What had happened was that the platform was only wheelchair accessible for the length of one carriage, for which there was a raised platform area (this was where my pre-arranged assistance was expecting me to be). This fact had not been passed to anyone who was in the need to know, especially me.
After a short time, I started doing a systematic mental check of my spine and other joints, and as I could not find any major injury, I slid out of the scooter, and slowly and carefully got myself into a standing position (still expecting the spine to be further damaged), and found that I had somehow escaped without further spinal damage. One of the passengers around me was an off duty doctor, who offered her help.
Once I was clear of the scooter, the surrounding crowd helped lower my scooter to its normal position, and I used its seat to sit on and pull myself together, and assess my situation. Through the adrenalin and the many pain killers that I am already on) which was still running, I could only identify an injured left elbow.
The scooter, an older bulky but robust model survived almost unscathed.
After a few moments of bringing myself together, I continued my journey, as I had to catch a train from Euston.
Once the adrenalin eased off, I found that as well as injuring my left elbow, I had also injured my right thumb and my left knee (which is already a replaced one!).
I consider myself very lucky that this incident did not result in further major damage to my spine, which could very easily have been snapped. The only thing which prevented this was the precautions I take, namely that I keep both armrests in the lowered position, as this kept me in the padded seat, and the fact that in any crowded area I reduce the speed regulator to what I call creep mode, half speed on the lower power option.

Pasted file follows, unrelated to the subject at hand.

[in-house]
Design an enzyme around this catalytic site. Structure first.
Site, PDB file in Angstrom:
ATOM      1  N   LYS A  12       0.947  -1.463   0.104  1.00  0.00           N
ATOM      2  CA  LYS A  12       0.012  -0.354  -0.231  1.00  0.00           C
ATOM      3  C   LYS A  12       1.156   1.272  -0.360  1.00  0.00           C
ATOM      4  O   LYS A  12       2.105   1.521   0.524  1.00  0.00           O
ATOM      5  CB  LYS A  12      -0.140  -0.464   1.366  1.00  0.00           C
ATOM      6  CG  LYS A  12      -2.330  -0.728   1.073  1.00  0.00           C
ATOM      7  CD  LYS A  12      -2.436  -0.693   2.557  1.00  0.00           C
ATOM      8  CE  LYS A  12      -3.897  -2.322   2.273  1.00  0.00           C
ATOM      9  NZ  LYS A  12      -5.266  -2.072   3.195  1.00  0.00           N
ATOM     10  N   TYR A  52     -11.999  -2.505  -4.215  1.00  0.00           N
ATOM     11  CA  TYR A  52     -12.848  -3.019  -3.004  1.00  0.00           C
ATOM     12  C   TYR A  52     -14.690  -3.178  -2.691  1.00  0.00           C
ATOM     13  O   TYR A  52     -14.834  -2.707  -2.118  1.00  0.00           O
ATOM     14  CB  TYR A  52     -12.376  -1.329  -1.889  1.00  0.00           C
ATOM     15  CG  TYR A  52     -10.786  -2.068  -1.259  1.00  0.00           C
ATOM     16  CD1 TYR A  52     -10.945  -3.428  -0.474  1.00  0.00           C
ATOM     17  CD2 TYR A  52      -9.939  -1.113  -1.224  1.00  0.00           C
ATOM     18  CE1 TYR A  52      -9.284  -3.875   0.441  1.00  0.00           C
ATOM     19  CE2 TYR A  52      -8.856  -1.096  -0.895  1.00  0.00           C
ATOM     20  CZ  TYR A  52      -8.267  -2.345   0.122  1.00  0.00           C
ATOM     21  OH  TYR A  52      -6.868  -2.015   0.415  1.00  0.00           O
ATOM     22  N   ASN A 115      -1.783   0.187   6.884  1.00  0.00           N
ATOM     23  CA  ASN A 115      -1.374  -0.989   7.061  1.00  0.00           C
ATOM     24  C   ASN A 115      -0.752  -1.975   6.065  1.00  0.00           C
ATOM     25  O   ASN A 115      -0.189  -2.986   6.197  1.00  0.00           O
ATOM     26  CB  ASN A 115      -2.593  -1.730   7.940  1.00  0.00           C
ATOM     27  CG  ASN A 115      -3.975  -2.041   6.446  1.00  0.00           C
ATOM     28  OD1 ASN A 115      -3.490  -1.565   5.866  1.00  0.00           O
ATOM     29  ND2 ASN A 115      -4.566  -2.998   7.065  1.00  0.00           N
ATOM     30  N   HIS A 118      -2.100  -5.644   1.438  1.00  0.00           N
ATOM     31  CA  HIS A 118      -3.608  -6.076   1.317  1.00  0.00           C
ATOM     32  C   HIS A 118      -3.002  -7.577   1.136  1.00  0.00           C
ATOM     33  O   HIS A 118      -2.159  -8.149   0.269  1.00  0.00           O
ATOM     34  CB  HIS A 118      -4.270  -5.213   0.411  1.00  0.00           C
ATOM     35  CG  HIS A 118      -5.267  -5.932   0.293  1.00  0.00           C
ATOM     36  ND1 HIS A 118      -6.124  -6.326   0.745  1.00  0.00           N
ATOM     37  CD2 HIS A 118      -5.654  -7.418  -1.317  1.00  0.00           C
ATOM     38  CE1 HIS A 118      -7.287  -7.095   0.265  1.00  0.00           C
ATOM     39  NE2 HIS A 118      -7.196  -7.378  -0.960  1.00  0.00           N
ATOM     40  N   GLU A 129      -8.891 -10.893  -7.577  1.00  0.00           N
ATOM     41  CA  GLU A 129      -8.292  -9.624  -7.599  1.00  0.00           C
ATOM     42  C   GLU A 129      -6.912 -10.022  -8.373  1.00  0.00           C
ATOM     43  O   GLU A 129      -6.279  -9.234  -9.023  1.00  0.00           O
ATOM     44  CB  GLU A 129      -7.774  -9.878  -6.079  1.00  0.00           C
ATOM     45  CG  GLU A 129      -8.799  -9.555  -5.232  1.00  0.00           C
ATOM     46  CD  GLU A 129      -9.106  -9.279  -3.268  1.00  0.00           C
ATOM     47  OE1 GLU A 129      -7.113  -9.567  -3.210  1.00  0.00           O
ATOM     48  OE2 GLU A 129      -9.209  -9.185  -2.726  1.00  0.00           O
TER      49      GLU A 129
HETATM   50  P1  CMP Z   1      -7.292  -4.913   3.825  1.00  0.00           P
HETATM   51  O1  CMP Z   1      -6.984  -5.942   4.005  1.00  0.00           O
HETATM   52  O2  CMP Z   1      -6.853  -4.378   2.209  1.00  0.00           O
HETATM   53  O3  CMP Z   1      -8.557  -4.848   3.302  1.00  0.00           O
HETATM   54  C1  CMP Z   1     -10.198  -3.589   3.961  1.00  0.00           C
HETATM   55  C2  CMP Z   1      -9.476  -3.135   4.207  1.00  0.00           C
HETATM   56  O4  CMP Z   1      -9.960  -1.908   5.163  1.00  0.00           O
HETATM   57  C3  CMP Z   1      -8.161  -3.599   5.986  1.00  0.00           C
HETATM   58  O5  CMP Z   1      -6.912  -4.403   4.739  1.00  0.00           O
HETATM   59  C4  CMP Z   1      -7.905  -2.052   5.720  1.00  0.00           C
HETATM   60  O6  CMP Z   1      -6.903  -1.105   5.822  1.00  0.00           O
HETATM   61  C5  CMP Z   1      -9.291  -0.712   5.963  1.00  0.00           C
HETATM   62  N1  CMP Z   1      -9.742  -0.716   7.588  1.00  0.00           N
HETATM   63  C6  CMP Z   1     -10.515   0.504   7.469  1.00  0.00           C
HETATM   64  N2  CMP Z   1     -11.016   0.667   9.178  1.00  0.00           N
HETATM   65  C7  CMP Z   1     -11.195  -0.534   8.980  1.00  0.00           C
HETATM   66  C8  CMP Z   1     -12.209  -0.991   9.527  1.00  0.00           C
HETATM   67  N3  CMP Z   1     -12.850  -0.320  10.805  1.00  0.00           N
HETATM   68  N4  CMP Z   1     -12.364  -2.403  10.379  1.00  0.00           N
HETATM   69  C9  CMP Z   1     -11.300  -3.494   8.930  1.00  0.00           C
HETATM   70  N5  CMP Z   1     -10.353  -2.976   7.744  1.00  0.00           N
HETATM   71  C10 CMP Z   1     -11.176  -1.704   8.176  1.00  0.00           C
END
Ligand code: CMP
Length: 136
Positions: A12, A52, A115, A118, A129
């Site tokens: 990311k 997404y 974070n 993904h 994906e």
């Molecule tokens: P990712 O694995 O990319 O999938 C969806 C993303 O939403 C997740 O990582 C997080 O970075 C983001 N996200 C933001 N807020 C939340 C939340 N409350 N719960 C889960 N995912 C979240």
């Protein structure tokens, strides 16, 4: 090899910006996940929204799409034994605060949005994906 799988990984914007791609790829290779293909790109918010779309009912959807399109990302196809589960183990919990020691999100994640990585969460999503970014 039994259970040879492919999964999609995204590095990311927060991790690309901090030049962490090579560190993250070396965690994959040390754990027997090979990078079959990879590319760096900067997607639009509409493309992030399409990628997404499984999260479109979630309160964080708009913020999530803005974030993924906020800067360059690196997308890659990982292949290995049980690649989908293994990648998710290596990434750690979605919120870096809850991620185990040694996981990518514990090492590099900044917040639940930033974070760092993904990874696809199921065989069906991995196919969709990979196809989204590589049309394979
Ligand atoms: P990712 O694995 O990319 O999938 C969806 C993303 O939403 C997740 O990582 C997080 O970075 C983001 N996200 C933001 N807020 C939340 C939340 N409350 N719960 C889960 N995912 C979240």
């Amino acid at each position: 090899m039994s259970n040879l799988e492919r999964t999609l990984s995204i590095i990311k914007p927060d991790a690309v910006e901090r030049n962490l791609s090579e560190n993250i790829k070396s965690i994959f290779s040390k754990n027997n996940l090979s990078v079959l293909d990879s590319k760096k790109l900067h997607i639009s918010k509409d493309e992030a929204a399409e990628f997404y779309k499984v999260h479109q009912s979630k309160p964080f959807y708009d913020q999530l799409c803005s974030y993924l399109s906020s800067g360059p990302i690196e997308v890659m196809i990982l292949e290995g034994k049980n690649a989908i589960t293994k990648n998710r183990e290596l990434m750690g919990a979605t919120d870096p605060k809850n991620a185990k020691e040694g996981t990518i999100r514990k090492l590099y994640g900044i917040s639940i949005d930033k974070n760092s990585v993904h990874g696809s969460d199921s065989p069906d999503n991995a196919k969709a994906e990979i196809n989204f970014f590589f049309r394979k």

Sadly this is not the first time that I have found that misleading information for the disabled traveller has been provided. The first two to come in mind is that you cannot access the Underground from Liverpool Street Station, although the guides say you can, and the other major incident I had was when leaving Baker Street (before I used my scooter, when I was on crutches), where the station was listed as step free to street level, but there is a large flight of stairs to reach street level.
Following yesterday’s incident, I must ask that you carry out a full and thorough review of all stations on an individual level, which are listed as accessible to those with various disabilities immediately, and update your publications and advice given by the Assisted Travel service.
I believe I was very lucky to have survived this incident with only minor injuries.
The ironic thing was that I was on my way to attend the Naidex Exhibition in Birmingham, to consider buying a new top line scooter, but I couldn’t decide on one which would have survived incidents such as yesterdays.
I look forward to hearing from you soon.
Mark W. Mapstone
Do you think I’ll get an answer? Some hopes!